“This week in links” number 2

The experiment seems to work quite well as I have received a lot of very positive feedback on the first “edition” of “This week in links”.

And I am back at it, not exactly a week since, as I knew that today something important was going to happen.

Here we go for this week:

As the dreadful date of November 19 draws closer, there seem to be more and more articles published about the arrival of WP 5.0 and the new editor “experience”. Some quotes from a brilliant piece that is worth the read.

Enabling idiots one block at a time

WordPress is a top-notch professional product. And it must remain such. The concept of blocks, galleries and similar nonsense may appeal to clueless phone users, who will then blithely swipe this and that block of whatever here, add a drop-cap, use a colored background and similar nonsense.

This is a regression. A horrible regression to the 1999 era of GeoCites and alike, when people cobbled websites like they were some post-apocalyptic scavengers in a color-induced Mad Max nightmare. Gutenberg breaks the strict rigor and separation of style and content, and it makes the professional work of designing a website into a joke.


Kinsta comes this week with an interesting comparison of plugins that do incremental backups. Compared to the more traditional backups, doing the process in increments saves heaps of disk-space and can also be done much faster. Apart from this, the other main difference with the more traditional plugins is the price tag: none of these plugins are free to use.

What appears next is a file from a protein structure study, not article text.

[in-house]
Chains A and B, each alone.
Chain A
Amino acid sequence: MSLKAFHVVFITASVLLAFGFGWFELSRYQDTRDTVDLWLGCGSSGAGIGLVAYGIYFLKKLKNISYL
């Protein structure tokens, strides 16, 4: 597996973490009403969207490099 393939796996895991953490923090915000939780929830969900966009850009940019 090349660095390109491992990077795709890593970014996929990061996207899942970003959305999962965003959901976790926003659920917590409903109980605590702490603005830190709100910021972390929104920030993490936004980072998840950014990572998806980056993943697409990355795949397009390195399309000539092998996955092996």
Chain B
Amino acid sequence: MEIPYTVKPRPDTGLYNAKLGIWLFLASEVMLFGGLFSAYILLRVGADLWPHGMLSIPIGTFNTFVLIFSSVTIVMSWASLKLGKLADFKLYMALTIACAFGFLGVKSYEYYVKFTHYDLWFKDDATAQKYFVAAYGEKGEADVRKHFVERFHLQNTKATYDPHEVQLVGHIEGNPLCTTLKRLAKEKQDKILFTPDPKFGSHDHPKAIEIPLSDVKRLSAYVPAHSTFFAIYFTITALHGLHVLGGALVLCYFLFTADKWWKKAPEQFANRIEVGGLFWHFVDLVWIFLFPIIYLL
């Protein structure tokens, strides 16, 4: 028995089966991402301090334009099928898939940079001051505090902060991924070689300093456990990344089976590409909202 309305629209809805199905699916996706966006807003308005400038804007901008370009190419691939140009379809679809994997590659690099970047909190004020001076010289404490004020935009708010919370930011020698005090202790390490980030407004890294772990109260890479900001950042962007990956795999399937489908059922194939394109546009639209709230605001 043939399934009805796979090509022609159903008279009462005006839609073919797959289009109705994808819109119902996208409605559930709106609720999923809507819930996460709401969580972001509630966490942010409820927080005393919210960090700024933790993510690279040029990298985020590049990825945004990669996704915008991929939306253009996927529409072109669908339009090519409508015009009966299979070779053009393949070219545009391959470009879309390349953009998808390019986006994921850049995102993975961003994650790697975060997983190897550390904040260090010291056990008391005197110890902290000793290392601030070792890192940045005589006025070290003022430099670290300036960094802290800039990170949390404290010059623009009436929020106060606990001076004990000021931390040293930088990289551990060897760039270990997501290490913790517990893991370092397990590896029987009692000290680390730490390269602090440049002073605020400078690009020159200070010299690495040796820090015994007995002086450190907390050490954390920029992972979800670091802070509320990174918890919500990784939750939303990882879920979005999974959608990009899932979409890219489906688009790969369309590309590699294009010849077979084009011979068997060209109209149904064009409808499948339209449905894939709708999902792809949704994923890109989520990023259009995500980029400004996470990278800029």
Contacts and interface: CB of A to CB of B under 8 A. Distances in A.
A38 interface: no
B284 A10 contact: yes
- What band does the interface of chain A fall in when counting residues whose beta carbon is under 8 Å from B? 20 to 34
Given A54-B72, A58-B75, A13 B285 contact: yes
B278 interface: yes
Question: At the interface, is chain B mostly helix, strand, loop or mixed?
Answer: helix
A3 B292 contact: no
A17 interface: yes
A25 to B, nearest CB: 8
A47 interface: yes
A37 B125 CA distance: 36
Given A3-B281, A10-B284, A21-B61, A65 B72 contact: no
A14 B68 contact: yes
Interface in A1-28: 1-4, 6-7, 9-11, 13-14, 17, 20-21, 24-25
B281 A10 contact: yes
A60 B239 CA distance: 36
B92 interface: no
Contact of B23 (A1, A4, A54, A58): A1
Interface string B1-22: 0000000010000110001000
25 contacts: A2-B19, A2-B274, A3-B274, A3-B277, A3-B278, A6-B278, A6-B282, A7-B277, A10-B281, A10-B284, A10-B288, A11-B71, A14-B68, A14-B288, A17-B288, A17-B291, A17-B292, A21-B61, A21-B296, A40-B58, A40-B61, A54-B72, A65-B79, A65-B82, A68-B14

A new initiative Protect My WP says to save your site from the carnage that WordPress 5.0 can cause. They offer various ways to protect your site including a private consultation for EUR 50 only! Definitely something to consider for people who only now are hearing the news that the new WP version is going to have some changes.


On Delicous Brains there is an article about the Advanced Custom Fields plugin and how priceless a plugin it has been and still is.


And last, but certainly not least and something we have been working very hard on since the end of August with a team of volunteers from around the world:

ClassicPress. The business-focused CMS. Powerful. Versatile. Predictable.

ClassicPress is a hard fork of WordPress 4.9.8 and today we released our very first alpha version, codenamed „Sunrise”, to the world for testing. We have made minimal changes to it, probably one of the more noticeable is that we increased the minimum PHP version to 5.6.
You will notice the use of “we”, that is because I am one of the Founding Committee Members of ClassicPress.

Although we do not encourage using this alpha version of ClassicPress on live sites, people with an eye for detail will notice that the WP Tips site is in fact doing just that and is doing so fine too :)

Who knows, in the future this site might be called CP Tips instead?